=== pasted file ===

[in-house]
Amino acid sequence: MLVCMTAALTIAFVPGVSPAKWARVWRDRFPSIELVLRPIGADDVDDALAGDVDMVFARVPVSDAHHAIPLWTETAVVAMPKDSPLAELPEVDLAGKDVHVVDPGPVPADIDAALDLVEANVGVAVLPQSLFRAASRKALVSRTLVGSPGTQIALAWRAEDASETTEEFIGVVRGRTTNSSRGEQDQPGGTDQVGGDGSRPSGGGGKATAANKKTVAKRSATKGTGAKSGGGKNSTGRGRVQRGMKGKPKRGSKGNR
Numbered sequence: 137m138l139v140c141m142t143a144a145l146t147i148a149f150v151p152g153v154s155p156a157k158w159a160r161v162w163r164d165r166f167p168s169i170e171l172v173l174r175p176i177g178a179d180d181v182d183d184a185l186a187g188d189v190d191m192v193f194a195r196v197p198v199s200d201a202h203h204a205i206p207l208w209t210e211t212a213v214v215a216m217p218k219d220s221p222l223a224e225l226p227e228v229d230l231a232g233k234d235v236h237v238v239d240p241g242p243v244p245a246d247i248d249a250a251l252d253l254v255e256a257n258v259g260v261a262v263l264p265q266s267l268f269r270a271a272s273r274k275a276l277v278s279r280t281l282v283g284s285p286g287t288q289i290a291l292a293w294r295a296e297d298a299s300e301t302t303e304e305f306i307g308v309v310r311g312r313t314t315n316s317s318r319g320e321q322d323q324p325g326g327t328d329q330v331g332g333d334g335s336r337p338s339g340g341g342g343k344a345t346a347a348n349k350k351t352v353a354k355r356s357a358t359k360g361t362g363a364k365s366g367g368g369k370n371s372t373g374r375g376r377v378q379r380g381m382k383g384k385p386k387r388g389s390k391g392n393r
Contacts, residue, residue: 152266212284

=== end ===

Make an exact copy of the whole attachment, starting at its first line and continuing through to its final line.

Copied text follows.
[in-house]
Amino acid sequence: MLVCMTAALTIAFVPGVSPAKWARVWRDRFPSIELVLRPIGADDVDDALAGDVDMVFARVPVSDAHHAIPLWTETAVVAMPKDSPLAELPEVDLAGKDVHVVDPGPVPADIDAALDLVEANVGVAVLPQSLFRAASRKALVSRTLVGSPGTQIALAWRAEDASETTEEFIGVVRGRTTNSSRGEQDQPGGTDQVGGDGSRPSGGGGKATAANKKTVAKRSATKGTGAKSGGGKNSTGRGRVQRGMKGKPKRGSKGNR
Numbered sequence: 137m138l139v140c141m142t143a144a145l146t147i148a149f150v151p152g153v154s155p156a157k158w159a160r161v162w163r164d165r166f167p168s169i170e171l172v173l174r175p176i177g178a179d180d181v182d183d184a185l186a187g188d189v190d191m192v193f194a195r196v197p198v199s200d201a202h203h204a205i206p207l208w209t210e211t212a213v214v215a216m217p218k219d220s221p222l223a224e225l226p227e228v229d230l231a232g233k234d235v236h237v238v239d240p241g242p243v244p245a246d247i248d249a250a251l252d253l254v255e256a257n258v259g260v261a262v263l264p265q266s267l268f269r270a271a272s273r274k275a276l277v278s279r280t281l282v283g284s285p286g287t288q289i290a291l292a293w294r295a296e297d298a299s300e301t302t303e304e305f306i307g308v309v310r311g312r313t314t315n316s317s318r319g320e321q322d323q324p325g326g327t328d329q330v331g332g333d334g335s336r337p338s339g340g341g342g343k344a345t346a347a348n349k350k351t352v353a354k355r356s357a358t359k360g361t362g363a364k365s366g367g368g369k370n371s372t373g374r375g376r377v378q379r380g381m382k383g384k385p386k387r388g389s390k391g392n393r
Contacts, residue, residue: 152266212284